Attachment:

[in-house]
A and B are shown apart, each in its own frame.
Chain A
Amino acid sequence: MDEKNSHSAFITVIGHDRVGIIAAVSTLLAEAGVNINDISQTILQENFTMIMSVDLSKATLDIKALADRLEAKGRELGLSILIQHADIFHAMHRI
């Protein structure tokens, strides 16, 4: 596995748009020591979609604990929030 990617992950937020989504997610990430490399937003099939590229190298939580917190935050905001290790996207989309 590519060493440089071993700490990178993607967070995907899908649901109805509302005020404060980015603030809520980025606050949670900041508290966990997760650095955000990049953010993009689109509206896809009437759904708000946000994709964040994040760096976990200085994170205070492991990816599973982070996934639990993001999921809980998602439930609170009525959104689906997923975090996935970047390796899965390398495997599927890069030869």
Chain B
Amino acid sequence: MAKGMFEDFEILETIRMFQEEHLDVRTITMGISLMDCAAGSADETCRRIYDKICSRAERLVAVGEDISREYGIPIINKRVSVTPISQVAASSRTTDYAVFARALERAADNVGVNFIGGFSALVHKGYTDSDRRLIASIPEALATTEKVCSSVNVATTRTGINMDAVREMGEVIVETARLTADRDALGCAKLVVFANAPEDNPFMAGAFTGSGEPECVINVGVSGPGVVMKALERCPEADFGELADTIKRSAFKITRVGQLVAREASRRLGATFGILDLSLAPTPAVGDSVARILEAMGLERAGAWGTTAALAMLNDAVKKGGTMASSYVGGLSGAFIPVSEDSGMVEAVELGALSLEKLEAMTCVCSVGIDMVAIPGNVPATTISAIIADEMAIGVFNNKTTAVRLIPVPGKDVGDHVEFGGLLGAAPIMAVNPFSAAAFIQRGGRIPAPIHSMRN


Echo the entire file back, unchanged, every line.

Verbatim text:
[in-house]
A and B are shown apart, each in its own frame.
Chain A
Amino acid sequence: MDEKNSHSAFITVIGHDRVGIIAAVSTLLAEAGVNINDISQTILQENFTMIMSVDLSKATLDIKALADRLEAKGRELGLSILIQHADIFHAMHRI
């Protein structure tokens, strides 16, 4: 596995748009020591979609604990929030 990617992950937020989504997610990430490399937003099939590229190298939580917190935050905001290790996207989309 590519060493440089071993700490990178993607967070995907899908649901109805509302005020404060980015603030809520980025606050949670900041508290966990997760650095955000990049953010993009689109509206896809009437759904708000946000994709964040994040760096976990200085994170205070492991990816599973982070996934639990993001999921809980998602439930609170009525959104689906997923975090996935970047390796899965390398495997599927890069030869």
Chain B
Amino acid sequence: MAKGMFEDFEILETIRMFQEEHLDVRTITMGISLMDCAAGSADETCRRIYDKICSRAERLVAVGEDISREYGIPIINKRVSVTPISQVAASSRTTDYAVFARALERAADNVGVNFIGGFSALVHKGYTDSDRRLIASIPEALATTEKVCSSVNVATTRTGINMDAVREMGEVIVETARLTADRDALGCAKLVVFANAPEDNPFMAGAFTGSGEPECVINVGVSGPGVVMKALERCPEADFGELADTIKRSAFKITRVGQLVAREASRRLGATFGILDLSLAPTPAVGDSVARILEAMGLERAGAWGTTAALAMLNDAVKKGGTMASSYVGGLSGAFIPVSEDSGMVEAVELGALSLEKLEAMTCVCSVGIDMVAIPGNVPATTISAIIADEMAIGVFNNKTTAVRLIPVPGKDVGDHVEFGGLLGAAPIMAVNPFSAAAFIQRGGRIPAPIHSMRN